A llama is an extraordinarily eco-friendly pet. Yes, llamas do indeed make great pets. It is true that llamas won’t lick your face like dogs do (not their style) or sit on your lap like cats do (a bit too big for that), but they are friendly in a reserved cat-like manner and can easily become accustomed to you. You and your llama can develop a wonderful relationship. Best of all, keeping a llama has a smaller carbon footprint than keeping any common pet.
Llamas eat grass. For anyone who has a grass-covered yard of sufficient size, this means that most of a llama’s food requirements are grown on your own property, eliminating transportation. This translates to a very healthy carbon savings! In winter months, or when your own grass gets too thin (if your available grassland doesn’t produce enough food for your llamas), you can buy locally-produced hay. While there is some small transport involved in bringing the hay back to your place, this is significantly less transportation, and therefore less fuel consumed, than the transport required to bring packaged feeds for common pets such as cats and dogs to your home. You see, a factory which may or may not even be located in this country produced and bagged the commercial dog or cat food you eventually buy at the grocery store. That factory shipped the goods to a central warehouse, which then shipped the goods to the store, probably crossing thousands of miles in the indirect and inefficient shipping process. By contrast, the local hay you bought shipped fewer than 50 miles from farmer to feed store, and fewer than 50 miles to your home. If you bought direct from the farmer, you cut that in half.
In addition to grass, llamas also need some grain in their regular diets. No matter where you live, you can buy grain that was produced somewhat locally, or at least not too very far away – which still puts it far ahead of dog and cat food bags in terms of transportation-related carbon costs per pound. Also, the grain is more of a supplement than a meal, so a llama eats much less grain than the amount of dog food a dog of the same weight would eat. The llama’s main food is the grass.
Because llamas eat your grass like sheep do, keeping llamas means you won’t have to mow your yard any more. They will do the mowing on your behalf by eating all that grass growth. This saves carbon in a big way, as you no longer need to burn fossil fuels to cut your grass. (Yes, there are hand-push mowers, but in all honesty, most people just don’t use them.)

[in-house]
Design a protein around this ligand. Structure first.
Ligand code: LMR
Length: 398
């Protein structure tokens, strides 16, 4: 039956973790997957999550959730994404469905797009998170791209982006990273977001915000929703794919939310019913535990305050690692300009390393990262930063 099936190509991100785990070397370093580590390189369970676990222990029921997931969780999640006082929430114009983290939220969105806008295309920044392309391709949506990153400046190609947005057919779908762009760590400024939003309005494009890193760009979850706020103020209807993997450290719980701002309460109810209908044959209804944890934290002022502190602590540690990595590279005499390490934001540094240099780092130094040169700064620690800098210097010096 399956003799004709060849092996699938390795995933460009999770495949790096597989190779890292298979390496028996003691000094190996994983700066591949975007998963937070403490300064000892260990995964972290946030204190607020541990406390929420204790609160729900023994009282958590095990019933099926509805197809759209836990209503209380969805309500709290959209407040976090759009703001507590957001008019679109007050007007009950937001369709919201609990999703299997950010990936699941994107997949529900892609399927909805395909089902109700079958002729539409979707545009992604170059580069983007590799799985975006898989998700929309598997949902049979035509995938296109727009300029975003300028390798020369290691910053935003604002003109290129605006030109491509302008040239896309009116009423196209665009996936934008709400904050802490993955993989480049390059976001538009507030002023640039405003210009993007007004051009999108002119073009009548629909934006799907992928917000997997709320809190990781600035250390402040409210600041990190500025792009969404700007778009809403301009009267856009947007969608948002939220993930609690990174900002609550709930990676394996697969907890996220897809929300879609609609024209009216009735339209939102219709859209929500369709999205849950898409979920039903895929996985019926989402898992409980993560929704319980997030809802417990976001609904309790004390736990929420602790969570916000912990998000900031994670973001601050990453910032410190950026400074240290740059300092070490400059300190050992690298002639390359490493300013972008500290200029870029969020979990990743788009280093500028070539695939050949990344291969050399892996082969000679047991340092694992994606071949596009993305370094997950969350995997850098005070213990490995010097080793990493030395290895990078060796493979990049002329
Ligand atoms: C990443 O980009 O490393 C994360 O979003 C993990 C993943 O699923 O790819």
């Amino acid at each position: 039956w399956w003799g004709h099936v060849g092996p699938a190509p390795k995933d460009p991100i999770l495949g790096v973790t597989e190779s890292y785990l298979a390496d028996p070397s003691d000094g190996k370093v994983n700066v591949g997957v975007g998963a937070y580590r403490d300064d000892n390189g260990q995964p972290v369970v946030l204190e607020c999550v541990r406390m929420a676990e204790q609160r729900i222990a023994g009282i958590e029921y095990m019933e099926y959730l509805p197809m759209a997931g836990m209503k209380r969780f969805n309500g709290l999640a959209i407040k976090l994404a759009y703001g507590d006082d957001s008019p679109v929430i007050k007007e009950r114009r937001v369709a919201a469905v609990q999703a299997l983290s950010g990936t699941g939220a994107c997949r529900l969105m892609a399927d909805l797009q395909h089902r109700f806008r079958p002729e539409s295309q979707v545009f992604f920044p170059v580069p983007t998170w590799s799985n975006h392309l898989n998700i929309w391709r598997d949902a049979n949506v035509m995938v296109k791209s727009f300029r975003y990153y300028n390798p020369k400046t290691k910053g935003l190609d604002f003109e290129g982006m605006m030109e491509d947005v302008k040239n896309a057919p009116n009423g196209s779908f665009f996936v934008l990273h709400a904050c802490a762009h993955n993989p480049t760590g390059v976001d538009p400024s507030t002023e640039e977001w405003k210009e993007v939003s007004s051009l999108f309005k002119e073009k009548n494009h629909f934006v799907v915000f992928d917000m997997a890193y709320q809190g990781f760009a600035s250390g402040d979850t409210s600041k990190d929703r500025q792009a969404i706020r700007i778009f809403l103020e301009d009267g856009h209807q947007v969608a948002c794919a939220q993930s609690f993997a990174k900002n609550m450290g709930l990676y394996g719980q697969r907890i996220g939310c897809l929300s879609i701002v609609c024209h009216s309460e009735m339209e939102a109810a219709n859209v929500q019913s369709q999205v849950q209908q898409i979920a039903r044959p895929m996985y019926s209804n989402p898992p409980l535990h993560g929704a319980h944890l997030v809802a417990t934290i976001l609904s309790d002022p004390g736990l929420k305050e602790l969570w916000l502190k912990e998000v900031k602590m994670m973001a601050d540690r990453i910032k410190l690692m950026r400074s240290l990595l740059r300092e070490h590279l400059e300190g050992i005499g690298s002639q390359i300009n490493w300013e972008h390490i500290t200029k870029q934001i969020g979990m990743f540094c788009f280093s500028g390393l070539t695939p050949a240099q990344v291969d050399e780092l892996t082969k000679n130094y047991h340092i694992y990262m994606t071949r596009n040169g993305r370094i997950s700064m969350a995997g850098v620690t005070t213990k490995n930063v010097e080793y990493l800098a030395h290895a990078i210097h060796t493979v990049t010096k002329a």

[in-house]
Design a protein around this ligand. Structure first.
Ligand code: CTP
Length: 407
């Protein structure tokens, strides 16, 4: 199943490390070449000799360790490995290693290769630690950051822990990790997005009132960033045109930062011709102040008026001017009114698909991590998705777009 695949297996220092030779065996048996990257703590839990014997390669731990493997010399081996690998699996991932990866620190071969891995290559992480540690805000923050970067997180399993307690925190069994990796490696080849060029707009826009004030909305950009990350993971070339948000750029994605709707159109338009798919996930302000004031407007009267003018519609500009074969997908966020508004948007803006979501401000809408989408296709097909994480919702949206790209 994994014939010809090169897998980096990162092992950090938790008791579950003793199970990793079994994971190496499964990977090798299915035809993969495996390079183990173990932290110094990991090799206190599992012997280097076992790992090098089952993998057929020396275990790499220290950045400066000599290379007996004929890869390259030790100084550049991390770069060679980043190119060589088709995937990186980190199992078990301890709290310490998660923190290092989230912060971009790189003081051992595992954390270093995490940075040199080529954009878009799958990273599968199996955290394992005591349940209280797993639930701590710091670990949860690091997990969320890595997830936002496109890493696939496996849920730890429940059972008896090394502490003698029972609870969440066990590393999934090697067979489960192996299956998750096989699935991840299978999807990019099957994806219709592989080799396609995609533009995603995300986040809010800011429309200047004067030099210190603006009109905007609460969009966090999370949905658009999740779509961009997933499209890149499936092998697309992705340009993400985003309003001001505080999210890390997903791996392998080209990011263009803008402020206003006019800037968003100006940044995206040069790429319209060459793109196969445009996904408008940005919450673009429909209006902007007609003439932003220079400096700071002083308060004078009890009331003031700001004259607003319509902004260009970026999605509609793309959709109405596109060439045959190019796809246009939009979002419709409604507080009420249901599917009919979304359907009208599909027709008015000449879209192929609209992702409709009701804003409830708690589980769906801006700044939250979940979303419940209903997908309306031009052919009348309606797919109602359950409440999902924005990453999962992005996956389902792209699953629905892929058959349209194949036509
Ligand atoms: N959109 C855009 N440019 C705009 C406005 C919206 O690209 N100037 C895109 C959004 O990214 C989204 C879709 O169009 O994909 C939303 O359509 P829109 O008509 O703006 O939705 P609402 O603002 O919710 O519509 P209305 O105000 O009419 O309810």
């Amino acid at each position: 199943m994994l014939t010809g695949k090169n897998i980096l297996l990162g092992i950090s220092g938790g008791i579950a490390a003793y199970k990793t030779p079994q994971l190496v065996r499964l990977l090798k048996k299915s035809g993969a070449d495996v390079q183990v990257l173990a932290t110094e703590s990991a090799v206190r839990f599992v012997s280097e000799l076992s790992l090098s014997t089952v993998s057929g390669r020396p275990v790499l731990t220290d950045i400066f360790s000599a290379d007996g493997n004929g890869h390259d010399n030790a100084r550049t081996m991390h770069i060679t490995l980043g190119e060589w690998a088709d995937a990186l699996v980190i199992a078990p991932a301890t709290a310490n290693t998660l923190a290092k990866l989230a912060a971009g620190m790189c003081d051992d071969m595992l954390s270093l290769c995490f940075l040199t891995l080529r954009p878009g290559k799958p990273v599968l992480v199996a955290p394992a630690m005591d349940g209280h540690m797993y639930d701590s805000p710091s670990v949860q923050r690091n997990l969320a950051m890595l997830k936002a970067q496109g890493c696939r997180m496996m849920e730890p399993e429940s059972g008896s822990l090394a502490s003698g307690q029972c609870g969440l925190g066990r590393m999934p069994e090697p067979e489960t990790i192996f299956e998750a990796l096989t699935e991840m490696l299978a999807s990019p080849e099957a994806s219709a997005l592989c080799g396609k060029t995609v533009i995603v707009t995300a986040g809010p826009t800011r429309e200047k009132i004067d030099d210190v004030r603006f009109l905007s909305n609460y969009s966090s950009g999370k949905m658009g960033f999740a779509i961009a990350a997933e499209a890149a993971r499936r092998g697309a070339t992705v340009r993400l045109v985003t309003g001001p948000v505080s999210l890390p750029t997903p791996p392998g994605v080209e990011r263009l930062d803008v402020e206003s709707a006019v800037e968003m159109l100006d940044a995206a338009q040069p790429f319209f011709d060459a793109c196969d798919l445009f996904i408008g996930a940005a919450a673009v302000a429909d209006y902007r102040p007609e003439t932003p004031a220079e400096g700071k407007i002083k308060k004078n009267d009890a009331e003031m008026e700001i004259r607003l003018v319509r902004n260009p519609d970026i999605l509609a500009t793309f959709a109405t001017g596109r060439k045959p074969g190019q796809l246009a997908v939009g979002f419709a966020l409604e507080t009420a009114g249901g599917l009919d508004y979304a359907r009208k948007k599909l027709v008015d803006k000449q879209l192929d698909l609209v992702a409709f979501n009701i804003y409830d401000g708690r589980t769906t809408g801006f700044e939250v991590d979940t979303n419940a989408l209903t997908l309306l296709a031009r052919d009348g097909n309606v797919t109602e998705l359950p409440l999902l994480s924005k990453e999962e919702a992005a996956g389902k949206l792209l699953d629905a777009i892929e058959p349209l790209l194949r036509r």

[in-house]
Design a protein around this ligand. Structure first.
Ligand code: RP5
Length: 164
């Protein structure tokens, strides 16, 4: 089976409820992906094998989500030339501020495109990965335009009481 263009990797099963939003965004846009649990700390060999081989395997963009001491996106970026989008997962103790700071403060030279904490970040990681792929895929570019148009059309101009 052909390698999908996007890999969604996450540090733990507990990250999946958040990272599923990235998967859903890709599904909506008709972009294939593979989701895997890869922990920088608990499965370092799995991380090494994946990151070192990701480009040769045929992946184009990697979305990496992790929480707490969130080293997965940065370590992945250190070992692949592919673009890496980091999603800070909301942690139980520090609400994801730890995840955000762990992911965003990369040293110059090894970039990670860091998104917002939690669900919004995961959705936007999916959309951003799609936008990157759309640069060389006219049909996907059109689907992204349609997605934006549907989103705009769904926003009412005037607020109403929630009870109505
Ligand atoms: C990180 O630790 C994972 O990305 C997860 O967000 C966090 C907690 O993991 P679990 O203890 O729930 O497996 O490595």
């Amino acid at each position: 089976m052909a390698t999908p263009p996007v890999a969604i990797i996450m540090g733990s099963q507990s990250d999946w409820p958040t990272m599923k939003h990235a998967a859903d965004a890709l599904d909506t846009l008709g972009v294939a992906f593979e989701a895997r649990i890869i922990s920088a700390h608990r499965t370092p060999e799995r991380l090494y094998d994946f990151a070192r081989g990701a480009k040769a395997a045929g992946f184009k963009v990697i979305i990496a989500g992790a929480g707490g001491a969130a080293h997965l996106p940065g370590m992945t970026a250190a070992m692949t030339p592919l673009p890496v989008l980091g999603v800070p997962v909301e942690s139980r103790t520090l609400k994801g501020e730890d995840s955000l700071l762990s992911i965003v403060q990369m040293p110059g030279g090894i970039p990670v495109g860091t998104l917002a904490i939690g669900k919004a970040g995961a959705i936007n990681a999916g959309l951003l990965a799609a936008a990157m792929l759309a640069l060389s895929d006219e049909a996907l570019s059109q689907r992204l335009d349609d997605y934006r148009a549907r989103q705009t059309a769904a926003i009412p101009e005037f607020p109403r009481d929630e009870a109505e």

Furthermore, llamas give back generously to your yard. Llama poop comes out as tiny round pellets of excellent fertilizer. Unlike the droppings of dogs and cats, what llamas leave behind doesn’t need to be composted; it can be applied fresh. Whether you leave it to feed your grass or use it to feed your flower bed, you will be feeding your plants without the use of chemical fertilizers, another big carbon savings. Furthermore, you are doing this without using any transportation to bring the fertilizers to your site, another carbon savings. Even if you would not have actually chosen to purchase and use any fertilizer, returning the nutrients to the soil for your grass to use helps it grow. Grass soaks up carbon from the atmosphere, just like a tree does. In other words, llamas create their very own carbon credits.
Speaking of elimination, llamas live outside and produce a tidy, non-smelly pellet. You do not need to purchase any special products to deal with this waste. Llamas naturally pick one or two bathroom spots and use those spots exclusively. You can use a trowel or dustpan to scoop it up, and then sprinkle the pellets where you want them. You will have no need of plastic bags, kitty litter, cedar chips, or other disposable eco-unfriendly products commonly associated with house pets.
Llamas also provide llama wool, a very soft and desirable fiber which you can use instead of cotton in many things. As it happens, commercially-grown cotton has a very large carbon footprint.
So, all in all, llamas have a very tiny carbon footprint. The carbon costs of keeping a llama are significantly lower than those of any of the usual house pets. Plus, llamas create their own carbon offsets to further reduce their total carbon footprint. In other words, llamas are much more eco-friendly pets than dogs, cats, ferrets, rodents kept in cages, and so forth.
Of course, many things in this article about llamas also apply to sheep, goats, and alpacas. Sheep and alpacas also primarily eat grass, and will keep your lawn mowed by eating it, just like llamas. Meanwhile, goats are browsers who can eat grass as a mainstay, but will prefer other food if they have access to it. Alpacas and sheep also produce great fiber, as do some goats. All three produce pellets, though sheep and goats drop their pellets anywhere and any time. Therefore, all three of these animals are also more eco-friendly pets than the usual house pets, with small carbon footprints similar to the llama’s carbon footprint. However, the llama is more eco-friendly, with a smaller footprint than the other three. Although sheep, goats, and alpacas also produce good fertilizer, llamas simply produce better fertilizer. Yes, that’s right – a llama’s sh** is better than anyone else’s sh**. Llamas get the carbon footprint crown because of the quality of their poop.